Tuesday night,, July 31, someone broke into my house.
My son had an early appointment and was spending the night. We stayed late at his house to watch gymnastics and came home around 11:00. As we pulled into the driveway, he pointed to the breakfast room window. The screen was part way off. Then we saw that the door between the drive way and the patio was unlocked. Even worse, the sliding glass door from the patio to my bedroom, the one door that doesn't have a sensor to trigger the alarm, was all the way open.
My first thought? The cats. I started in, and Michael said, "Get out. Call the police."
Within minutes three constables arrived. They checked around and found no one inside. "You can come in now and check the rooms," one constable said. Terrfied of what I would see...or wouldn't see... I followed him inside. The living room looked just as it always does. The TV was in place, the quilt I'd fallen in love with and just had to have hung on the wall, and Toby, my tuxedo cat, who is the first one to try to escape if the door is open, ambled into the living room. In my bedroom Tiki, the tabby cat, crawled out from under my bed. Thank goodness, My jewelry chest hadn't been touched, the flimsily locked drawer in my closet was still locked. What was missing? My laptop, of course.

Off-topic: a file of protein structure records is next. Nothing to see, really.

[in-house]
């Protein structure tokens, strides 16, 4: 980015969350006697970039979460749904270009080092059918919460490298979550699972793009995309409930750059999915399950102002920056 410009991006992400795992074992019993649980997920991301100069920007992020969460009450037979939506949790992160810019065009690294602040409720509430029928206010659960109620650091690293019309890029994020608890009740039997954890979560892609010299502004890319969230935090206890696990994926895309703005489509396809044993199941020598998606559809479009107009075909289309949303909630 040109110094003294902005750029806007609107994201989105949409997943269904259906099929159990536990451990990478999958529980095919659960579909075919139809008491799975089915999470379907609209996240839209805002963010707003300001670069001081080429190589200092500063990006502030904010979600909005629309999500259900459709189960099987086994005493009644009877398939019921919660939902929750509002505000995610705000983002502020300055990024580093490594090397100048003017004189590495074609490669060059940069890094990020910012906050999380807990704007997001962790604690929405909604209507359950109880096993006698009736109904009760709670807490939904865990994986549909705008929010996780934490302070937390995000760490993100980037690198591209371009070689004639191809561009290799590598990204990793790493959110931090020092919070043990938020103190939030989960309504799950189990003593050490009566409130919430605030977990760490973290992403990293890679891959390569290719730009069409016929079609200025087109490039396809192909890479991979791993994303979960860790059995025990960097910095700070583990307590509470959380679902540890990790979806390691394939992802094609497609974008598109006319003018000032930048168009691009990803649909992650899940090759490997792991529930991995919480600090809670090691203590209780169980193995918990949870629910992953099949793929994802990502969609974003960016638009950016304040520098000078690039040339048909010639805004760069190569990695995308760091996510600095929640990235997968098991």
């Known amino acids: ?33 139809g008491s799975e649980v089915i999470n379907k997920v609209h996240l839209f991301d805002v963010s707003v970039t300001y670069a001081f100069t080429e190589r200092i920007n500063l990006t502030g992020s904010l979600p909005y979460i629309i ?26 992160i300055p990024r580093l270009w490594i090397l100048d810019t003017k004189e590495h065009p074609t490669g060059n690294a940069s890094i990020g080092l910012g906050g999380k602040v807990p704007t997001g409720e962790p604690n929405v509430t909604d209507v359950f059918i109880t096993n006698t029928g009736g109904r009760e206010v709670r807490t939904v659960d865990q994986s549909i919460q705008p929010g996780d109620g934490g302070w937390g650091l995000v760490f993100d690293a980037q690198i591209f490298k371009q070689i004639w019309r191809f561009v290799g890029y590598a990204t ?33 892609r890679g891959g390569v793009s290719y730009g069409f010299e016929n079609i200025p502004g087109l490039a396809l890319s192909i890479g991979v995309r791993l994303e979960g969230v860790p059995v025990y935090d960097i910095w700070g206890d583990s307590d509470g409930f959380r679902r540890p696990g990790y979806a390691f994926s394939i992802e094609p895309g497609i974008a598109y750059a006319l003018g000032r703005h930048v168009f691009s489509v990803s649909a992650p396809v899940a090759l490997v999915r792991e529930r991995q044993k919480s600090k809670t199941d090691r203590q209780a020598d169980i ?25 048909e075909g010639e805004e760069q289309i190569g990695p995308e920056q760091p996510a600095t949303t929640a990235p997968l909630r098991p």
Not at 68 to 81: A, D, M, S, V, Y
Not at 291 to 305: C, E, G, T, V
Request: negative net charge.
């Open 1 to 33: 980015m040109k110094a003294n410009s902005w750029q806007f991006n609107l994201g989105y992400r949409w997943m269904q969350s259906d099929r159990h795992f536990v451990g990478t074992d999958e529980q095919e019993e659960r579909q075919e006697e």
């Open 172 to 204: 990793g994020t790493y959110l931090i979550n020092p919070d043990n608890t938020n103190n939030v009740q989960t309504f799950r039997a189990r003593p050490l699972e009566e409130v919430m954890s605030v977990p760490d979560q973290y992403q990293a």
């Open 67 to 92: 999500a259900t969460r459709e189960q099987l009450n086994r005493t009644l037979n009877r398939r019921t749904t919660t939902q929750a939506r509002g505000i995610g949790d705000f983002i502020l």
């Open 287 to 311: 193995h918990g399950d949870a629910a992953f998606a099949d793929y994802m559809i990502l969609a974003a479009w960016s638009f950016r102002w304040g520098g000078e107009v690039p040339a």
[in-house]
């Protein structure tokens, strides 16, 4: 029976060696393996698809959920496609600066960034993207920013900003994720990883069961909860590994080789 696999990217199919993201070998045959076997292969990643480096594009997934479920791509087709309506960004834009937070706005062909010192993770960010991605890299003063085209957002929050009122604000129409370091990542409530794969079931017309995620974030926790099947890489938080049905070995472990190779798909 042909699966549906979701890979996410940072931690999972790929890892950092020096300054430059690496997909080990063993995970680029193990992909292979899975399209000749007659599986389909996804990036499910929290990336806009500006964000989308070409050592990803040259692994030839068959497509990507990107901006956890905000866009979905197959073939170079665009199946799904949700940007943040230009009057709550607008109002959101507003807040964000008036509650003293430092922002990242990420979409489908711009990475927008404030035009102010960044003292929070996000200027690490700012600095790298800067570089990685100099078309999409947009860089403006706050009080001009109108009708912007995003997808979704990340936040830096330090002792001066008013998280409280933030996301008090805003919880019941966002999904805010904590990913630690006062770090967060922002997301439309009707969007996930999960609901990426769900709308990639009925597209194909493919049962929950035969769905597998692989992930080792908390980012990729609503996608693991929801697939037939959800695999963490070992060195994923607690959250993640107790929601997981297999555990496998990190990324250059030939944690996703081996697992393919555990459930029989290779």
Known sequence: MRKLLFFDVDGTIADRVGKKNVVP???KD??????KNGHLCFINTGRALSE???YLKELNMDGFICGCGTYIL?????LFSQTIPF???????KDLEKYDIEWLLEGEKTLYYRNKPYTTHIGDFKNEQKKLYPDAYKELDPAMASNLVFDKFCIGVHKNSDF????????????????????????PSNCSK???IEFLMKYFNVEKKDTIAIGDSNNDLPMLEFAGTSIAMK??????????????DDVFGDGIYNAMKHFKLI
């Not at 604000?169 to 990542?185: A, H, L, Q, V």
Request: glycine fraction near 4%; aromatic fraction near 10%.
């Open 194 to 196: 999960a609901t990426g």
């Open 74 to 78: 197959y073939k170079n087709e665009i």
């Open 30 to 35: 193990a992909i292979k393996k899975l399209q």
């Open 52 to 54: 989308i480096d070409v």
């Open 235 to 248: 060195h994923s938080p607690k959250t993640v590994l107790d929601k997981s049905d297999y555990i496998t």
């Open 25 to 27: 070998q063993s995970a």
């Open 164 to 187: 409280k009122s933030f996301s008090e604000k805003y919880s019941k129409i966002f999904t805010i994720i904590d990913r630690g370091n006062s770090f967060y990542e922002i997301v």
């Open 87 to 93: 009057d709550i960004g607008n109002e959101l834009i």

Not the printer, not the scanner, just the laptop. and my Kindle, and strangely, a handpainted vase from the shelf in my living room and a Murrano glass bird from my coffee table. Two crystal birds beside it weren't touched. Gifts for girlfriends? Early Christmas shopping? At least they had good taste. And oh, yes, an old sculpture of a fisherman that I once bought in Mexico and kept on my patio table was gone, or so I thought. My daughter found it the next day under a bush.
They--whoever they were, probably kids--didn't trash the hosue. Thank heavens for that.
The bad news is I had to buy a new laptop. My insurance has too large a deductible to cover my loss. But the good news is, I have all my filles back. Thank you, Mozy Pro.
So what have I learned from this scary experience? Always, always have a remote backup. It's worth every penny for peace of mind. If all my files had gone with the computer, I'd have been devastated.
To extrapolate from this experience: you should have backup plans, not just for laptops, but for life. Things don't always go as expected or planned. What do you do in that case? What if your job doesn't work out? You don't love the career you'd pinned your hopes on? Your spouse dies (as mine did) or becomes ill? The stock market crashes? You should have a Plan B waiting in the wings?